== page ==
After substantial costly DNA testing, it is confirmed that Cotton Y (male line) DNA is pure Celt and historically connected to the Irish Clan O’Byrne. The Byrne family is named after the King of Leinster “Braen mac Máelmórda”, who was deposed in 1018. Recently, detailed DNA testing discovered that John Cotton’s surname origins date back to Richard de Cottam, who lived about 1204 in Singleton, Lancashire. Richard was the son of Robert de Singleton, who owned land in the village of Cottam. His son, Richard, changed his surname to conform to the common practice “of being from a place” i.e. Robert de Singleton and Richard de Cottam. As a result, John Cotton’s surname evolved from Singleton.
Surprisingly, a link between the Cottam and the Cotton surnames resulted from the results of my recent Big Y Test and how these results placed in the Big Tree Project. The Cotton DNA Project attempts to bridge genealogical proofs with DNA Test results. Fortunately for Family 11, the Cotton surname genealogical proof has been confirmed by a large number of prestigious lineage and hereditary societies. In addition, the Family DNA Big Y test is the most extensive DNA test available. As shown below in yellow highlight, the Cotton line’s placement has been further defined several more subclades or subgroupings under Haplogroup R-ZZ7, as follows:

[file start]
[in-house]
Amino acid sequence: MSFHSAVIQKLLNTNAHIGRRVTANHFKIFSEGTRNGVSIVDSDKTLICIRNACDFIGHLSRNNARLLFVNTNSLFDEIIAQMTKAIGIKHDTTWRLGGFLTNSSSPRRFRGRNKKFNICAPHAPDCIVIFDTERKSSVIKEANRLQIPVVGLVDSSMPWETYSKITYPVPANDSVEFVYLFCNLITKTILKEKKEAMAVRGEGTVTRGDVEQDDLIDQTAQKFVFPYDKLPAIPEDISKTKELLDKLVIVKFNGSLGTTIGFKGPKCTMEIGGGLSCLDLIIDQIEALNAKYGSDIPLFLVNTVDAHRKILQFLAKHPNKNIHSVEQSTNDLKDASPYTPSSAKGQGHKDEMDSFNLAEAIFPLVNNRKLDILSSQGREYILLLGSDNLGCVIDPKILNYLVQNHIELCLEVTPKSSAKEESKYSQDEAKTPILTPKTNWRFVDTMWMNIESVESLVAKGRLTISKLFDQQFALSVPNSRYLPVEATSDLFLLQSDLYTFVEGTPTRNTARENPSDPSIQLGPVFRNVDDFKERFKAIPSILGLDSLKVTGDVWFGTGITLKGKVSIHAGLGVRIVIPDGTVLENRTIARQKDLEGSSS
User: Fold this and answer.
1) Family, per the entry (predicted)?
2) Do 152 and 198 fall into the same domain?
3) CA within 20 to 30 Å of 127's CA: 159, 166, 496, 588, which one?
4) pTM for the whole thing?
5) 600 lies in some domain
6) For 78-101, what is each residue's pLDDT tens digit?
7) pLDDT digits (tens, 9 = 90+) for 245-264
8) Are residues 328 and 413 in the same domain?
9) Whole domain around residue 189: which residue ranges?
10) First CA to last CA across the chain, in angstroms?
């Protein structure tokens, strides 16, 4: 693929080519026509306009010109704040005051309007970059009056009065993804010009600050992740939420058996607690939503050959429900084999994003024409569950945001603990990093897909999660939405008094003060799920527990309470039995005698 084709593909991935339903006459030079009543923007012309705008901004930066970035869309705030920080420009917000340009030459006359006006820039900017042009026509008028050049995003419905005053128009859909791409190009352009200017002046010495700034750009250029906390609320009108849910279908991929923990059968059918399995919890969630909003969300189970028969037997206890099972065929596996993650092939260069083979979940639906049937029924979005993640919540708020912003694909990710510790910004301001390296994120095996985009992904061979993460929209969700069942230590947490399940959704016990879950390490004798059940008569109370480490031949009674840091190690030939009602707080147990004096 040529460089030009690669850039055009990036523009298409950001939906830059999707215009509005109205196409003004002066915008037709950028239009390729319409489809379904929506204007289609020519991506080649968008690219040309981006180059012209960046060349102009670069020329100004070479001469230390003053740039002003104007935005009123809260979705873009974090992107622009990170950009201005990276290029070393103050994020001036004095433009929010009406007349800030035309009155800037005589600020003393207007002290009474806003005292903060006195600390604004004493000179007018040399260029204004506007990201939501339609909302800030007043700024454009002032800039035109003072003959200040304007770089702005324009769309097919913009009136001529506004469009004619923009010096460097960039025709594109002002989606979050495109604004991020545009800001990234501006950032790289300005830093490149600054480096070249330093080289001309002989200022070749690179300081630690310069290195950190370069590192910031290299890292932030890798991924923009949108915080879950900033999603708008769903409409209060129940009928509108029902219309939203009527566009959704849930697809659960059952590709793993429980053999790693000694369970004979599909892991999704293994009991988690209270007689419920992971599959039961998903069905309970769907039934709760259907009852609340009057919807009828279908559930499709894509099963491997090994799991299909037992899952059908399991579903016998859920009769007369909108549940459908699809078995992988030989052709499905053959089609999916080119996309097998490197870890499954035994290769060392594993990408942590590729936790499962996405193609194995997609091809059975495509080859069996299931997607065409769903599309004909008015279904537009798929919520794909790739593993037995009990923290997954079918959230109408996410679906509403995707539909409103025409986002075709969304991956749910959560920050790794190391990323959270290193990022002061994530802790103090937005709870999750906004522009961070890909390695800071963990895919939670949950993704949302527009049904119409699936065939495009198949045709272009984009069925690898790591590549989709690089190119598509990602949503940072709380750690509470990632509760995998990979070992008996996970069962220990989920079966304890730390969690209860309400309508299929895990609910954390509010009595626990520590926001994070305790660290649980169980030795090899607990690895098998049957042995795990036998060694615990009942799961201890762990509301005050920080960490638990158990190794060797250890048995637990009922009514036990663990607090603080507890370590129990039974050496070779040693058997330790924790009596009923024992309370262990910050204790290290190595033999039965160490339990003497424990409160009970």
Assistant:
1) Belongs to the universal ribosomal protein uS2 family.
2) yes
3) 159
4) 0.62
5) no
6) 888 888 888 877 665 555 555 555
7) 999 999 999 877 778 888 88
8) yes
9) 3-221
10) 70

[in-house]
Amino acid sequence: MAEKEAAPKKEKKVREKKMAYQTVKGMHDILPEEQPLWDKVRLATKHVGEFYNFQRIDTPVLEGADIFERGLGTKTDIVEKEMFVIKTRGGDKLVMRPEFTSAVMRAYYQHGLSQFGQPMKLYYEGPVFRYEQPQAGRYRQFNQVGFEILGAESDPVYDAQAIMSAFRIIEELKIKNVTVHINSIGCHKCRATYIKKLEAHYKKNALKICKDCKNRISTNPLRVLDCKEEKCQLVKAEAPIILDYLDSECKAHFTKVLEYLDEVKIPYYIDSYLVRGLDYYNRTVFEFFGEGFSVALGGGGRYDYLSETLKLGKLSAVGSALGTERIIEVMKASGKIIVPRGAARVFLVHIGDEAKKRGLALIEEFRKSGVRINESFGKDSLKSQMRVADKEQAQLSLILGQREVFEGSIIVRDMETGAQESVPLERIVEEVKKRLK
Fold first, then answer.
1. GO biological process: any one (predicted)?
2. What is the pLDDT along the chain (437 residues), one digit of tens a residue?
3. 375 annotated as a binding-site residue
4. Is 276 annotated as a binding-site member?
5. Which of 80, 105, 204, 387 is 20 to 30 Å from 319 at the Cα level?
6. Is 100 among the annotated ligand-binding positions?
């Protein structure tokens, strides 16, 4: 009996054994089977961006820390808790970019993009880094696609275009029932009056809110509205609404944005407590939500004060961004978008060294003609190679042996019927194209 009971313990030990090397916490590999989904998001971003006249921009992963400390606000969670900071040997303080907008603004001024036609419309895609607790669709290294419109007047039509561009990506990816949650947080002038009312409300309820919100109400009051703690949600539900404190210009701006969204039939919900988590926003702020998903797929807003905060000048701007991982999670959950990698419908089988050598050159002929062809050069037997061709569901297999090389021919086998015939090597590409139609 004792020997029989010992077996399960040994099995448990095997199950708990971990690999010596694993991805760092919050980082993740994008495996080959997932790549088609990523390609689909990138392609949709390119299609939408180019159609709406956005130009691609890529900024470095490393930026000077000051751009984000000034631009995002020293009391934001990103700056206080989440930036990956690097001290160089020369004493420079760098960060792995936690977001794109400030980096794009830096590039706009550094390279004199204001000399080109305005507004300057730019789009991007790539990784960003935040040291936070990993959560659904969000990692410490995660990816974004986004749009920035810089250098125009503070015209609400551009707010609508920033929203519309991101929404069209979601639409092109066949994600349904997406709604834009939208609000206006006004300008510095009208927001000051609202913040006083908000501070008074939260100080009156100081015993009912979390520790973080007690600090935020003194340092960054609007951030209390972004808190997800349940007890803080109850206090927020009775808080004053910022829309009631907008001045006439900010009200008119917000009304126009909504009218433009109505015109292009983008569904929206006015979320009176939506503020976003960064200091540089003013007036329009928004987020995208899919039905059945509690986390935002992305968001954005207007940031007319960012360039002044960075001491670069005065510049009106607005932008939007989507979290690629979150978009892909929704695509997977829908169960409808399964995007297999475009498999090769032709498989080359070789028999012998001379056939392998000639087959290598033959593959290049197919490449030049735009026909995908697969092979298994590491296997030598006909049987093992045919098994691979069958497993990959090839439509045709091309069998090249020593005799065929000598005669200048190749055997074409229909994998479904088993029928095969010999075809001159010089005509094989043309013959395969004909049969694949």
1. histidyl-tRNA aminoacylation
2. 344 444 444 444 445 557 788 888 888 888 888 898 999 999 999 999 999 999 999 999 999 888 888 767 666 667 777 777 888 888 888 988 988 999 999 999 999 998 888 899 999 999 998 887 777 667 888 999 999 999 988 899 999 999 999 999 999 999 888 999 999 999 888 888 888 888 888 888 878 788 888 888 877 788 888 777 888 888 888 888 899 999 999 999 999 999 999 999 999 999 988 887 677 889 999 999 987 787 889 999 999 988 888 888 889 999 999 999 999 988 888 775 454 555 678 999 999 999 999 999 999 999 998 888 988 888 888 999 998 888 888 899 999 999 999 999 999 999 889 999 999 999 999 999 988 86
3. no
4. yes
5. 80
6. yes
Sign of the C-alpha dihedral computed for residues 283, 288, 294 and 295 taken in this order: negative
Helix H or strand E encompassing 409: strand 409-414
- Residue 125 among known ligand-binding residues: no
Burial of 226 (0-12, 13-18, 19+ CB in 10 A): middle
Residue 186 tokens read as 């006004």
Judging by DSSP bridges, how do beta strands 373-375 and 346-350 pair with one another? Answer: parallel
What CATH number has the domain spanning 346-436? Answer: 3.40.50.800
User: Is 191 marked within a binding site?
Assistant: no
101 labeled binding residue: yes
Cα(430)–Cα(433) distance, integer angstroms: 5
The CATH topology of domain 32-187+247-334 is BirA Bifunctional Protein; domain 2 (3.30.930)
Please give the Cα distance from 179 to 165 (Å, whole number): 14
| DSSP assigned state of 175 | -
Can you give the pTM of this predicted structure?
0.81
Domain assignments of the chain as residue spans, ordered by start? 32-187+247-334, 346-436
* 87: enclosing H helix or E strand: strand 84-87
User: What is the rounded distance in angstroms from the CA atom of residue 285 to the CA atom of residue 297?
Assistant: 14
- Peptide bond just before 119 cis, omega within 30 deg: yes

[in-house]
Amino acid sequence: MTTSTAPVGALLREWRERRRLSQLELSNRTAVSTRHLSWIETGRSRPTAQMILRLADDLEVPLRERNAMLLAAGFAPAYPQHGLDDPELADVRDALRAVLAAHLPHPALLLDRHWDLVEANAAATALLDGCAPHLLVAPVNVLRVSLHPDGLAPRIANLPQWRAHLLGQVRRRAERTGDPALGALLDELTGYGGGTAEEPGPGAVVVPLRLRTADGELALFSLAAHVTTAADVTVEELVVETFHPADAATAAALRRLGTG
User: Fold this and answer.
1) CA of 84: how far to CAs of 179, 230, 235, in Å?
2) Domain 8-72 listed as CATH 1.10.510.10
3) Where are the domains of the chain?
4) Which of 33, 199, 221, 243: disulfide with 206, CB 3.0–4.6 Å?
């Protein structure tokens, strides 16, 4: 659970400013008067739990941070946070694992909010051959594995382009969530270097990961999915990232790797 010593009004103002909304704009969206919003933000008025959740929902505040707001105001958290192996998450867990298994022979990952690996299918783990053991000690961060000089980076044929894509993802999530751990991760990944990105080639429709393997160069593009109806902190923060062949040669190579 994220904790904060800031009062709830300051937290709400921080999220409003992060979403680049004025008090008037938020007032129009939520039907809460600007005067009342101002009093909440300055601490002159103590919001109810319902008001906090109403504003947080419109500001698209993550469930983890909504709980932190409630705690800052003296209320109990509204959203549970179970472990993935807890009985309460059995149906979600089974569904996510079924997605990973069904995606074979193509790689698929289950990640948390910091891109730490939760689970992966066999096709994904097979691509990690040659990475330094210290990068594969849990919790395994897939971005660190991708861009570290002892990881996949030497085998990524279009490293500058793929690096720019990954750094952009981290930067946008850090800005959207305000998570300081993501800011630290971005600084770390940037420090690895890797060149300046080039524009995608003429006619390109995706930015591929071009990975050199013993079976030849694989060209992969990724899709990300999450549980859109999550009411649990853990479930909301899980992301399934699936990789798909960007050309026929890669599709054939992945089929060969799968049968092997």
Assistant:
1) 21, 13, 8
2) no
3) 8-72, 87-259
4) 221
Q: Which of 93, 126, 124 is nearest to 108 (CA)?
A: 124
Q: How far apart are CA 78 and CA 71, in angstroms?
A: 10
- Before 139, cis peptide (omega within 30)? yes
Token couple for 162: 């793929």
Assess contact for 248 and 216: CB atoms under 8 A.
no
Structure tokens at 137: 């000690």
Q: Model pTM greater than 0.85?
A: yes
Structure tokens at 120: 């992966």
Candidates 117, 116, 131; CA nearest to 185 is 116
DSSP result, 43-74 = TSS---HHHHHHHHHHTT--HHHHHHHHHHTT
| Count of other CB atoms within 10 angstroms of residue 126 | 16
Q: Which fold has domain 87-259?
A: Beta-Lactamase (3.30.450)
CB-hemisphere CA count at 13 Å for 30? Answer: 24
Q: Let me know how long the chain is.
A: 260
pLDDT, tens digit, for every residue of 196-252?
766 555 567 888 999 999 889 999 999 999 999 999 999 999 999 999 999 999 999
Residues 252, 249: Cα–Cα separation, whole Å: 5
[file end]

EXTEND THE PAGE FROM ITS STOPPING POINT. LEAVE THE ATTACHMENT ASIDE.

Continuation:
The diagram below shows the unique haplogroup containing Singleton & Cotton surnames. Members of Family 11 of the Cotton DNA Project include the surnames COTTON, COTTAM AND COTHAM. The Cotton surname has been proven to Roland Cotton born London, England 1558. Based on the Singleton/Cotton haplogroup, the Cottam surname shows a lineage back to St. Michael on Wyre, Lancashire, England to a Thomas Cottam circa 1740 and a William Cottam born 1779.